Discretionary ETFs Still Face Technical Hurdles

As has been duly noted, the consumer discretionary sector is the worst performer in the S&P 500 this year, but there have some signs that the relevant exchange traded funds are trying to work their way higher.

Over the past week, the Consumer Discretionary Select Sector SPDR (NYSEArca: XLY) and the Vanguard Consumer Discretionary ETF (NYSEArca: VCR) have gained an average of 1.6%. Add to that, some investors are returning to discretionary ETFs in significant fashion. [A Return to Discretionary ETFs]

“Investors pumped $1.79 billion into consumer discretionary exchange-traded funds in the five trading days through Aug. 6, the most of any group,” reports Lindsey Rupp for Bloomberg.

Since the start of the of third quarter, only the iShares Core S&P 500 ETF (NYSEArca: IVV) and the iShares MSCI Emerging Markets ETF (NYSEArca: EEM) have added more new assets than XLY, the largest consumer discretionary ETF. VCR has added nearly $85.6 million this quarter.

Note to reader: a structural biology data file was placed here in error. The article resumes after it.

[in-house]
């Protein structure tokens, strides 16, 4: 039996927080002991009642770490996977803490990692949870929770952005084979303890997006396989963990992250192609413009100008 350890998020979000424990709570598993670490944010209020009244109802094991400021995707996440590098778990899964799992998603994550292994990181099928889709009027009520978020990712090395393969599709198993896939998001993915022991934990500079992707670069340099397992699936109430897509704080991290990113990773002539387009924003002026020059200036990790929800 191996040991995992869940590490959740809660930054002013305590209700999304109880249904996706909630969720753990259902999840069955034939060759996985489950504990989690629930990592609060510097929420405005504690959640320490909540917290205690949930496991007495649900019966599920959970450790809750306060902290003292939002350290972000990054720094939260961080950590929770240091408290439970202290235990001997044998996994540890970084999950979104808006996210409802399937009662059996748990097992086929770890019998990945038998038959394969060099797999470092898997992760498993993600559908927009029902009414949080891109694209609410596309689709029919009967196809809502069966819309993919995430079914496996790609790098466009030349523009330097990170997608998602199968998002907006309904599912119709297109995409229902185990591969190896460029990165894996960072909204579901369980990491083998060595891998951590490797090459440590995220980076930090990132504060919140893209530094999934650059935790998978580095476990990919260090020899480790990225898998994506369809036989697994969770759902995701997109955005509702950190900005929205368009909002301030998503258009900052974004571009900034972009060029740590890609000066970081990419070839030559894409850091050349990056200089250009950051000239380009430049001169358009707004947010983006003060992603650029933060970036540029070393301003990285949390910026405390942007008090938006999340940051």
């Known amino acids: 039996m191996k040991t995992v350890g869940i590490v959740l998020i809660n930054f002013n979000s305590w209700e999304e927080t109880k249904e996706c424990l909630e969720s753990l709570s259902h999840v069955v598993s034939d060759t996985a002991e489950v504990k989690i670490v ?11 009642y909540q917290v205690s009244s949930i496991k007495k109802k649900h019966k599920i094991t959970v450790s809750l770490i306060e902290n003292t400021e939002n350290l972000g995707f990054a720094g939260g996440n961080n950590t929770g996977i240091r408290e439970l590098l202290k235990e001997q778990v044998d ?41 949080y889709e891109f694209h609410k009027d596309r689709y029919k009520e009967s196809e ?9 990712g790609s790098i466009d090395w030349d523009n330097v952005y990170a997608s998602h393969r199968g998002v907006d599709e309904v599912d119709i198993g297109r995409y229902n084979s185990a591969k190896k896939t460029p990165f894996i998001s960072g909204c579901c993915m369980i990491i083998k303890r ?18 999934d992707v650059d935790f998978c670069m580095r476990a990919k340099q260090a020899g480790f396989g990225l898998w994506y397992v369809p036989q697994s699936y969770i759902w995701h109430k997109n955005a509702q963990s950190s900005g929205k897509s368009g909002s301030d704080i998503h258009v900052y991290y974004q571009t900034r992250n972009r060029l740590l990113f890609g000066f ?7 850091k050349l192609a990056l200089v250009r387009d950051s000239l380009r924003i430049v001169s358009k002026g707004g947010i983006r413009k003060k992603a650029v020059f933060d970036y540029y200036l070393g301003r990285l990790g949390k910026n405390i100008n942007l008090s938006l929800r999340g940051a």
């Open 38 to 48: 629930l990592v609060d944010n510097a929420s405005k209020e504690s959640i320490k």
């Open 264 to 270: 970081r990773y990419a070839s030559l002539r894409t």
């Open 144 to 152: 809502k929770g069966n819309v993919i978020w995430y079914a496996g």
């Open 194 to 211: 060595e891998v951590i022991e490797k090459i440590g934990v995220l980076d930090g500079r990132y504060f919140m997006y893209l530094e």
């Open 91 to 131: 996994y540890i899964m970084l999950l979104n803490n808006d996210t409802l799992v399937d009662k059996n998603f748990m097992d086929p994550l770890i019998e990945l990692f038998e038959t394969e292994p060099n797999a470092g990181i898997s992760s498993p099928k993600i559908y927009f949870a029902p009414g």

Those inflows make for nice superlatives, but they do not completely ameliorate the tough technical scenarios still facing discretionary ETFs.

The chart below “clearly shows how VCR violated its 2011 uptrend line back in May 2014.  The following rally interestingly failed to reclaim this uptrend line.  I therefore continue to monitor this trend for further confirmation,” according to J. Beck Investments.